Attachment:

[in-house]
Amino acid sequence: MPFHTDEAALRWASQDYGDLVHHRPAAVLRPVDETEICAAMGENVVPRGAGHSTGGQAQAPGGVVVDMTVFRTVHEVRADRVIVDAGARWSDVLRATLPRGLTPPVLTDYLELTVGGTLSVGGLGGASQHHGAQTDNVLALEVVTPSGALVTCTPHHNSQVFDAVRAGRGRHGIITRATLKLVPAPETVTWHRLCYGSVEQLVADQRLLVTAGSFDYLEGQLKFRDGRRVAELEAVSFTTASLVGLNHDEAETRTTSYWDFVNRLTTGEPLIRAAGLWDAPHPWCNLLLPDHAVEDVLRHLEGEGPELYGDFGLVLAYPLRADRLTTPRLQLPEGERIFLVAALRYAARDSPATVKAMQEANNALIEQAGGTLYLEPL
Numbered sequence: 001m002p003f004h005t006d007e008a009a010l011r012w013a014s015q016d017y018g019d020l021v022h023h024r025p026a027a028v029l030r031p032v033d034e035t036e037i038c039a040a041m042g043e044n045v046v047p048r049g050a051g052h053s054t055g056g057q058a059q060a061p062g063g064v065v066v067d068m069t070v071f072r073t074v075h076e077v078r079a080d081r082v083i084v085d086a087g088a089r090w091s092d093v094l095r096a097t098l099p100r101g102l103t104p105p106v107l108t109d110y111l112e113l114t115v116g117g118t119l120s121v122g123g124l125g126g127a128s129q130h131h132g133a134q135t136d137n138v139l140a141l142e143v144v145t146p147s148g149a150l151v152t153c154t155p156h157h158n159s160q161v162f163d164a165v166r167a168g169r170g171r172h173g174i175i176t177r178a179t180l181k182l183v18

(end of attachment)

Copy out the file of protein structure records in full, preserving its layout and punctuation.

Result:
[in-house]
Amino acid sequence: MPFHTDEAALRWASQDYGDLVHHRPAAVLRPVDETEICAAMGENVVPRGAGHSTGGQAQAPGGVVVDMTVFRTVHEVRADRVIVDAGARWSDVLRATLPRGLTPPVLTDYLELTVGGTLSVGGLGGASQHHGAQTDNVLALEVVTPSGALVTCTPHHNSQVFDAVRAGRGRHGIITRATLKLVPAPETVTWHRLCYGSVEQLVADQRLLVTAGSFDYLEGQLKFRDGRRVAELEAVSFTTASLVGLNHDEAETRTTSYWDFVNRLTTGEPLIRAAGLWDAPHPWCNLLLPDHAVEDVLRHLEGEGPELYGDFGLVLAYPLRADRLTTPRLQLPEGERIFLVAALRYAARDSPATVKAMQEANNALIEQAGGTLYLEPL
Numbered sequence: 001m002p003f004h005t006d007e008a009a010l011r012w013a014s015q016d017y018g019d020l021v022h023h024r025p026a027a028v029l030r031p032v033d034e035t036e037i038c039a040a041m042g043e044n045v046v047p048r049g050a051g052h053s054t055g056g057q058a059q060a061p062g063g064v065v066v067d068m069t070v071f072r073t074v075h076e077v078r079a080d081r082v083i084v085d086a087g088a089r090w091s092d093v094l095r096a097t098l099p100r101g102l103t104p105p106v107l108t109d110y111l112e113l114t115v116g117g118t119l120s121v122g123g124l125g126g127a128s129q130h131h132g133a134q135t136d137n138v139l140a141l142e143v144v145t146p147s148g149a150l151v152t153c154t155p156h157h158n159s160q161v162f163d164a165v166r167a168g169r170g171r172h173g174i175i176t177r178a179t180l181k182l183v18